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Spectrum Battles Cross the Pond

Two issues—spectrum and overly loud advertisements— that are top of mind with U.S. broadcasters were also important ongoing concerns for European broadcasters at IBC2011.

While much progress is being made on the loudness issue, with many European broadcasters implementing the EBU R 128 recommendation to address the problem, several thorny political issues remain in the question of spectrum allocation.

Like U.S. broadcasters, European broadcasters have lost, or are about to lose, spectrum as various countries move forward with the transition from analog to digital. But proposals to take additional spectrum beyond the transition to digital could create serious problems for broadcasters, says Hans Hoffman, head of media fundamentals and production technology at the European Broadcasting Union Technical Department and engineering VP at the Society of Motion Picture and Television Engineers (SMPTE).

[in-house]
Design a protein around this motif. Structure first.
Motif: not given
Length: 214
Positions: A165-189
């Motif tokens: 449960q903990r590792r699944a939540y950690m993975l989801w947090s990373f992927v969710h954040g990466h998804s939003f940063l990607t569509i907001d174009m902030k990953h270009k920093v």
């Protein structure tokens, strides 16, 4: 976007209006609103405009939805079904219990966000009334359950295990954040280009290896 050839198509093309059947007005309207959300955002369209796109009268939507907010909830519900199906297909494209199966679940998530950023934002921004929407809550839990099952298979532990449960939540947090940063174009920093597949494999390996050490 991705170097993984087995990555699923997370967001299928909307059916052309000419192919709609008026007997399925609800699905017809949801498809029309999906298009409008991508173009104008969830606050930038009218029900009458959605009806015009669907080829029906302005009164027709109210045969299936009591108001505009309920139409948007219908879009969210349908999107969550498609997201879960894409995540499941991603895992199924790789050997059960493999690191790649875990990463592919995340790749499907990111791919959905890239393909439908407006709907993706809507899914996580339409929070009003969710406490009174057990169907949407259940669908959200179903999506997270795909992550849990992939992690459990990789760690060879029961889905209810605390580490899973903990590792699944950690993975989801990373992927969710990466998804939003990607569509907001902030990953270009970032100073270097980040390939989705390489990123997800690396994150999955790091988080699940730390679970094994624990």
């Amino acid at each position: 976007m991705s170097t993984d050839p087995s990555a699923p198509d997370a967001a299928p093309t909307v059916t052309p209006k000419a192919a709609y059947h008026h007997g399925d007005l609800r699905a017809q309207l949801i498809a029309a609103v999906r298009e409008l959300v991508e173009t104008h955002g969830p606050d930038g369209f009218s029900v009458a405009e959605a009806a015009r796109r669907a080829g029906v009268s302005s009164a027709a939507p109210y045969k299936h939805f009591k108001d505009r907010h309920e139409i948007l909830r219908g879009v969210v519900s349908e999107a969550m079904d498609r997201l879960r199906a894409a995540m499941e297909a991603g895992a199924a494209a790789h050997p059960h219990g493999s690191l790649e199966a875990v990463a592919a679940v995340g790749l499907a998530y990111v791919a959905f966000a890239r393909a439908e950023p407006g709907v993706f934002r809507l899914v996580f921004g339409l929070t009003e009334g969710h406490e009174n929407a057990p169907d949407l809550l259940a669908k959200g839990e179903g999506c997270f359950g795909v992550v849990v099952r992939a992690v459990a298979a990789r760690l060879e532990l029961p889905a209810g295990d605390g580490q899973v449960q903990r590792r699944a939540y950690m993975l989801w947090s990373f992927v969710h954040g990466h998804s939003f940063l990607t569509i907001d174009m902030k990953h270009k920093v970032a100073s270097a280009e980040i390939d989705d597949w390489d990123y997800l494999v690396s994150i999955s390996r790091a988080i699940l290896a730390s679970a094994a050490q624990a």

“The telecom industry is always interested in using more and more of the spectrum,” Hoffman says. “But I think taking additional spectrum is very dangerous, and we have been working to provide information on why those frequencies are important for broadcasters.”

One issue that the EBU highlighted during IBC is the problem of interference with LTE devices; another is posed by the transition to DVB-T2 used in the digital terrestrial TV services (DTT).

DTT offerings are already extremely popular in many European countries, where they are a key component of the future of broadcasting. DVB-T2 has the potential of nearly doubling the capacity of these networks, which would allow more high-definition channels to be added.

But DVB-T2 is not backwards-compatible with the existing DVB-T standard, which means broadcasters will need spectrum for both DVB-T and DVB-T2 signals during what may be a lengthy transition, Hoffman notes.